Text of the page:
Another day, another reviewer that doesn’t understand the difference between “faster” and “as fast as.” 2 is 100% greater than 1. 2 is 200% the size of 1. When you say “faster,” you have to exclude the initial value of 100%.

  • Adriana Tomic

    What about the GTX 460 with 2GB memory? ..I have that one,so I am curious about that

  • RDA

    Wonder what the comparison is for two 460’s in SLI.

  • joe

    I’m confused. How is it that the memory bandwidth is more on the 460? Does it even matter?

  • I was hoping to see performance comparisons AFTER over clocking both cards to their max clock speed obtainable on the provided coolers. I run my 1GB 460 at 800mhz clock for example and it gets me a lot more mileage in modern games. I’m also not entirely interested in the 960’s performance at out of the box speeds that I will be changing the moment I install it. Really appreciate the article for what it is, however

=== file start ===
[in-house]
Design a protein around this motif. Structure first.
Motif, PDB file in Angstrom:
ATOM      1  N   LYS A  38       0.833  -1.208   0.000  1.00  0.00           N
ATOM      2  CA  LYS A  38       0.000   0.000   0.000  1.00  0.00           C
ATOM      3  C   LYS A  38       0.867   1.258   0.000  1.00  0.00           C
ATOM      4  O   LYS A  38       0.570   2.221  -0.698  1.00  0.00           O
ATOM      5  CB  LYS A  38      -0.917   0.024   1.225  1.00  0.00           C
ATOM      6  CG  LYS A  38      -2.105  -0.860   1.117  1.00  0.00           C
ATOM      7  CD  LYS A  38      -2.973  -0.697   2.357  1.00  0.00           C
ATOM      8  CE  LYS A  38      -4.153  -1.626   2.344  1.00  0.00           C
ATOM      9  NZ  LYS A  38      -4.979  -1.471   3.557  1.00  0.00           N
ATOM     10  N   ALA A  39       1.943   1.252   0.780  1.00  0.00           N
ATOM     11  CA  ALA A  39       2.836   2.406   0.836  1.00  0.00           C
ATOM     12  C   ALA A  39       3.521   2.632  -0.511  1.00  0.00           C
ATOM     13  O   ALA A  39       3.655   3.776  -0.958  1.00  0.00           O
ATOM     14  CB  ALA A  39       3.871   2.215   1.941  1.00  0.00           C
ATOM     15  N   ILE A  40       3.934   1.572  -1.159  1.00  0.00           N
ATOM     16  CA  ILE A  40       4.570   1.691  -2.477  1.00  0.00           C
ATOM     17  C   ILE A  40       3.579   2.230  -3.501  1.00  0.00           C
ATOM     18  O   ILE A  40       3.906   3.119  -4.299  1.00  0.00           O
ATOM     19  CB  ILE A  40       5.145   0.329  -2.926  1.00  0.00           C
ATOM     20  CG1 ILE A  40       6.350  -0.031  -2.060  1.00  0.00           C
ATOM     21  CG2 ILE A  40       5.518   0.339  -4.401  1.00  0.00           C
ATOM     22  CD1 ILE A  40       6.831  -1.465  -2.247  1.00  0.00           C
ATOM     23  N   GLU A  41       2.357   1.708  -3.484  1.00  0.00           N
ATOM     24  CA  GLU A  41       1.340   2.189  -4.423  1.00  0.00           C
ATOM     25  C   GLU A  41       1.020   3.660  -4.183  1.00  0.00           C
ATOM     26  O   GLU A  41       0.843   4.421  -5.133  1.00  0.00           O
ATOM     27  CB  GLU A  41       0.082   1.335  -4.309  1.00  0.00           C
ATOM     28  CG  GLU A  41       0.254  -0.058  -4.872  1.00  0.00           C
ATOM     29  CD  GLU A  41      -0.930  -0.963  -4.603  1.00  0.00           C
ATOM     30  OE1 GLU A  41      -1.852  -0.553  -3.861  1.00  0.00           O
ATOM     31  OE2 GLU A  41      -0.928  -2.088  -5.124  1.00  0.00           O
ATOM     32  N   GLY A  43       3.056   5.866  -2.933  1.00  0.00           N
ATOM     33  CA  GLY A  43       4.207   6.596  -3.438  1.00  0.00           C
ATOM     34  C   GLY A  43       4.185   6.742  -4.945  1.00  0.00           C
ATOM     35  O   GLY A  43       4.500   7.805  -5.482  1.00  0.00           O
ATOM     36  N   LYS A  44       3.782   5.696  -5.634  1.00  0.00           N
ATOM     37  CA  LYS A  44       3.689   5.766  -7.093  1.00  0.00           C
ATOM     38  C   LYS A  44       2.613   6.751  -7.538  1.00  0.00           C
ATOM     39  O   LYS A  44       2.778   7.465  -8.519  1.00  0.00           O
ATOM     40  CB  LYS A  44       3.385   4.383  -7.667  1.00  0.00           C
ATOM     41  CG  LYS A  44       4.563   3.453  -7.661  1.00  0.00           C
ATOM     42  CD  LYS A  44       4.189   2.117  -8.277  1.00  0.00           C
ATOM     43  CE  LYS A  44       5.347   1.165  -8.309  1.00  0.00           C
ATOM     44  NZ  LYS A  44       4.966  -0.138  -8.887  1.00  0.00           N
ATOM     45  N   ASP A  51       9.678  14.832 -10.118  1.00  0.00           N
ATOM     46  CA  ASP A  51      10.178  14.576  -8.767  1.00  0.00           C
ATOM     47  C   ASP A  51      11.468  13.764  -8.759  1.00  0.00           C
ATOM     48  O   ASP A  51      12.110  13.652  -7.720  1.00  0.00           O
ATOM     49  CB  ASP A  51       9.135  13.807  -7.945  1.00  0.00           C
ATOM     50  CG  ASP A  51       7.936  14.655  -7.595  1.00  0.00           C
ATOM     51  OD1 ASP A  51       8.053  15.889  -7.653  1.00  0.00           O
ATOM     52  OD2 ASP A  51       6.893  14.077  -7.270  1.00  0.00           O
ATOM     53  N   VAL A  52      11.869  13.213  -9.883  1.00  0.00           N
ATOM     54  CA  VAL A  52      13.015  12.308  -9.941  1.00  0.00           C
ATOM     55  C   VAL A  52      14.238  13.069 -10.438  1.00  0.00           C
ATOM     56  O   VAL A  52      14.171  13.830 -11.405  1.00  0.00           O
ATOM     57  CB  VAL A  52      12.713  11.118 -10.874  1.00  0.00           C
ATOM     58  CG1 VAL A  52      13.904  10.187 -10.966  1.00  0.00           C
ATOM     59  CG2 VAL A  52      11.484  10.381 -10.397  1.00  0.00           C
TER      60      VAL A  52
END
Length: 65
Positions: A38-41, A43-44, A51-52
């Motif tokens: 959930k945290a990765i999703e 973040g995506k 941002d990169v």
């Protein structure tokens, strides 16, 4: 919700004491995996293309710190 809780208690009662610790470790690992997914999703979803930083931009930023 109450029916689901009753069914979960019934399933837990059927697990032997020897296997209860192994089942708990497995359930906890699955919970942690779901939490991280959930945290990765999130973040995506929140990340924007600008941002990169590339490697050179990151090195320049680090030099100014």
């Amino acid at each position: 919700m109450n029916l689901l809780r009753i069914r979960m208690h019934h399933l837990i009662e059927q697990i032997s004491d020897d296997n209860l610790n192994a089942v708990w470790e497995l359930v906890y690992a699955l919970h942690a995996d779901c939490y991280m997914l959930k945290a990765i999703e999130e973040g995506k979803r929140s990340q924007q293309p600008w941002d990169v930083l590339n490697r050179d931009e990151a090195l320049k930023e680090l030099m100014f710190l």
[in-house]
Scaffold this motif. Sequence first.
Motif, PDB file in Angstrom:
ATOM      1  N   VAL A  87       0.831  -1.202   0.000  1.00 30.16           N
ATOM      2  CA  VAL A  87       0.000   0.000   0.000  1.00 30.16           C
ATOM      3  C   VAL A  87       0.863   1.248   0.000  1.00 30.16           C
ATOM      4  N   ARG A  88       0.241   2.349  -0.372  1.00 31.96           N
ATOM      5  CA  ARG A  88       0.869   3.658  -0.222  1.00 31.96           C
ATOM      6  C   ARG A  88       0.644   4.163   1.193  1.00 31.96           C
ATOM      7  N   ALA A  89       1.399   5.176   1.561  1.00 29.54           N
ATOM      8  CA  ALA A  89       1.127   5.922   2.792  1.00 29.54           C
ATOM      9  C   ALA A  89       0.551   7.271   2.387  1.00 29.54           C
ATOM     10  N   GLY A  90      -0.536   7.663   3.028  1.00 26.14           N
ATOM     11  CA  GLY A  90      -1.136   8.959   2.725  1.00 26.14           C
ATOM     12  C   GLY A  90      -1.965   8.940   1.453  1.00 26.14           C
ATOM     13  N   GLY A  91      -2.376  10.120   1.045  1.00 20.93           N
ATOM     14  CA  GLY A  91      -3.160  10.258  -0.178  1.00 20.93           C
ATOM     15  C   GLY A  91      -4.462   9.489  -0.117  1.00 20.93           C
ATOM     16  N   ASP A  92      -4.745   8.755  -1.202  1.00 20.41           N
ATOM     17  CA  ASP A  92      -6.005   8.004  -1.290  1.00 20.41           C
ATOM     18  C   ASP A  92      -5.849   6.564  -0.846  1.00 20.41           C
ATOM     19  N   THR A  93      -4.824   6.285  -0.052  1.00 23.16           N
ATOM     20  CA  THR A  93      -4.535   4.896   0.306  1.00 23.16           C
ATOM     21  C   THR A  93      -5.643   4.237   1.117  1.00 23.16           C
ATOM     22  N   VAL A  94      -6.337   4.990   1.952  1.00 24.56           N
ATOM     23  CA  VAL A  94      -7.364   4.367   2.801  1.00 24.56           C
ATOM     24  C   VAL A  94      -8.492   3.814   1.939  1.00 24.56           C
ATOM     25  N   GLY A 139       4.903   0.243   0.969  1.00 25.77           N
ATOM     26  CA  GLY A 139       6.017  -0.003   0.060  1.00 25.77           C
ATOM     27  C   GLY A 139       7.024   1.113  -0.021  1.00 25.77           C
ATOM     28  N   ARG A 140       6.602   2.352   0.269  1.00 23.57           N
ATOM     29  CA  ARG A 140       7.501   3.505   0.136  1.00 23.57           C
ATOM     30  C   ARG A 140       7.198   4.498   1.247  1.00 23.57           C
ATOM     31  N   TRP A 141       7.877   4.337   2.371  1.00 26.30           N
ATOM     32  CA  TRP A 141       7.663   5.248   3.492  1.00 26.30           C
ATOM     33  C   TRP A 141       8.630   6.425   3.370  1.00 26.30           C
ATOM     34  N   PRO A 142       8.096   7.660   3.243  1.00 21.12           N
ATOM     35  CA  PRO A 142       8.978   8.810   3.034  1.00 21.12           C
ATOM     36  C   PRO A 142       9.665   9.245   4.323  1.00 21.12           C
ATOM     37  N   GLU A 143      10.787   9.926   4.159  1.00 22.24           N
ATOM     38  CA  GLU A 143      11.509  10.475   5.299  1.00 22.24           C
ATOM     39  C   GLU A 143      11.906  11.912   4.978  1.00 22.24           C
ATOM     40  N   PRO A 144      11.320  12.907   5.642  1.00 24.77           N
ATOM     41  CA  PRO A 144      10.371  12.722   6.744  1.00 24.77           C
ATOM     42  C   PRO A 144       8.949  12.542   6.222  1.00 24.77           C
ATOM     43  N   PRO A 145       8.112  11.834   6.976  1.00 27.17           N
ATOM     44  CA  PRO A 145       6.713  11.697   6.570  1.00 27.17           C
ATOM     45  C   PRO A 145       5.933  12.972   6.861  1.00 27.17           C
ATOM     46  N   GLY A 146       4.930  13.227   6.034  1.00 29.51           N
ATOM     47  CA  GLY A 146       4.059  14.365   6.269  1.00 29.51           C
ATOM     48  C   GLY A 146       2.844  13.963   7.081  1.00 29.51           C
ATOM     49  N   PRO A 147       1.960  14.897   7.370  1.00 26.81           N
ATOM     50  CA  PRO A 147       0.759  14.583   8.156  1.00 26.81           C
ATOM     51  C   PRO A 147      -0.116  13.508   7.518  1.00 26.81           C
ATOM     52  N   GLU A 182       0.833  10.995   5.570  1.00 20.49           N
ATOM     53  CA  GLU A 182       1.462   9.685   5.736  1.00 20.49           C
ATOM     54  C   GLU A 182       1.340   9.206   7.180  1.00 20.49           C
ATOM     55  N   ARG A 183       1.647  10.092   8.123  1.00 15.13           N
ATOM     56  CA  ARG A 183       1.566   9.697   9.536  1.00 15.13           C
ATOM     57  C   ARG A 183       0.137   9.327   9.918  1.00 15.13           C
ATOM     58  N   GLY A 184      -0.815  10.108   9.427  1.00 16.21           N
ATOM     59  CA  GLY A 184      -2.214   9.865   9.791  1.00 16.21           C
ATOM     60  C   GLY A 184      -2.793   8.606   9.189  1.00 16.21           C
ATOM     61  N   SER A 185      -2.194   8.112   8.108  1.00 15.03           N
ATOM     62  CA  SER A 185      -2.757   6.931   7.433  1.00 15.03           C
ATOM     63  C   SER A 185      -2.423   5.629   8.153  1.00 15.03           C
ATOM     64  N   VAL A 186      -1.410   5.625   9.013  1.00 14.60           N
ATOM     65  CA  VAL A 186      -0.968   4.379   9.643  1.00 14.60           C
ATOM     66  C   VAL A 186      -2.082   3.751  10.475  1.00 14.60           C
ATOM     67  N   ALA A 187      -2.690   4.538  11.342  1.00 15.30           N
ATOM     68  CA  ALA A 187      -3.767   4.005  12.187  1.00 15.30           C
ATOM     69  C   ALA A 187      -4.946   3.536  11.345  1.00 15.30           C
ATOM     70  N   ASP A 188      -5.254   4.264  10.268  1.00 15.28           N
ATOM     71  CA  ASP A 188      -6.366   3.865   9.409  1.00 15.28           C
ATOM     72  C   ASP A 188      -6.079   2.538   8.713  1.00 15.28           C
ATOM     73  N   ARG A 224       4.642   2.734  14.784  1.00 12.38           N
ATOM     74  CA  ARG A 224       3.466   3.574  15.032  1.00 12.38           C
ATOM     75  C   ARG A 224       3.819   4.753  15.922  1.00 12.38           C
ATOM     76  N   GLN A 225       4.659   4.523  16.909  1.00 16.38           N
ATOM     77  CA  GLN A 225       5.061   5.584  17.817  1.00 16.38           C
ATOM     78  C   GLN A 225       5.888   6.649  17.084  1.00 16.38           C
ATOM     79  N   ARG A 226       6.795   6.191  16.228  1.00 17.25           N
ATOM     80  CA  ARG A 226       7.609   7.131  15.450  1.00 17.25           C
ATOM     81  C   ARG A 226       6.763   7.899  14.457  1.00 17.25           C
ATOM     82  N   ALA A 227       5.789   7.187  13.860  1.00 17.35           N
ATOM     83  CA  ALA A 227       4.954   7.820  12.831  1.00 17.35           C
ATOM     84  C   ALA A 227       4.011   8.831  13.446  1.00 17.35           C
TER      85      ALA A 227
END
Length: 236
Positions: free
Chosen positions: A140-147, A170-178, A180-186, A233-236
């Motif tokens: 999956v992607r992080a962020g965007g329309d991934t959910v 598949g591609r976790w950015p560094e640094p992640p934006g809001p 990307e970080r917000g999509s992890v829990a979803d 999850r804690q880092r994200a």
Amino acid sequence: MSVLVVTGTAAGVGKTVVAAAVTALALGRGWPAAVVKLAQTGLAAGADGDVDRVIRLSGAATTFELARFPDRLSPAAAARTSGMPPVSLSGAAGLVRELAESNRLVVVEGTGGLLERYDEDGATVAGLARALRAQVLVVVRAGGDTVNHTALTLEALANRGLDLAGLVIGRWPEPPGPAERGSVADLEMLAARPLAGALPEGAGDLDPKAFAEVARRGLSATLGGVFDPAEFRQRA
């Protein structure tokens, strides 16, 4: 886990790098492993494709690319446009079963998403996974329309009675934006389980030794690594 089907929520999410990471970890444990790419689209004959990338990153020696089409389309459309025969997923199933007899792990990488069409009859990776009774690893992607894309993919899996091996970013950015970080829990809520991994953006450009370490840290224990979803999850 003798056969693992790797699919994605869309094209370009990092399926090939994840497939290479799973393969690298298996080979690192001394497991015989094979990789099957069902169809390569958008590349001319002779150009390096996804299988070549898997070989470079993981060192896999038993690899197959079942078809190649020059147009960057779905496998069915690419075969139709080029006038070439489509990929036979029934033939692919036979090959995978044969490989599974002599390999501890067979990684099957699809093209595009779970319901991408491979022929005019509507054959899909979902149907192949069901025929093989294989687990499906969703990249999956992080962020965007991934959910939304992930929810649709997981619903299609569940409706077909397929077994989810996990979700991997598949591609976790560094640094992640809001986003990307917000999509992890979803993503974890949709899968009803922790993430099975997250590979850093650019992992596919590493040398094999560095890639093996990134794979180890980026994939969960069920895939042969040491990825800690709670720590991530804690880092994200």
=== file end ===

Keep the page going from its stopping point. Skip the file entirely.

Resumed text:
• Nathan Kirsch

      yeah, that is the big concern as no two people are going to be running the same speeds. I can re-do the testing at higher clock speeds, but if I increase the clock speeds by 20% on both cards the performance difference would remain about the same.

  • ramonzarat

    I was hoping for a complete x60 series comparison show down: GTX 260, 460, 560, 660, 760 and 960, single and SLI, on 2 platforms, the good old i7-920 @ 4Ghz and i7-4770K also @ 4Ghz.

    That would have been an amazing article showing the GPU evolution and CPU scaling. Great article nevertheless.

    • Nathan Kirsch

      I have nearly 300 video cards on hand, but I gave all my 560’s and 660’s away to staff and friends. 🙁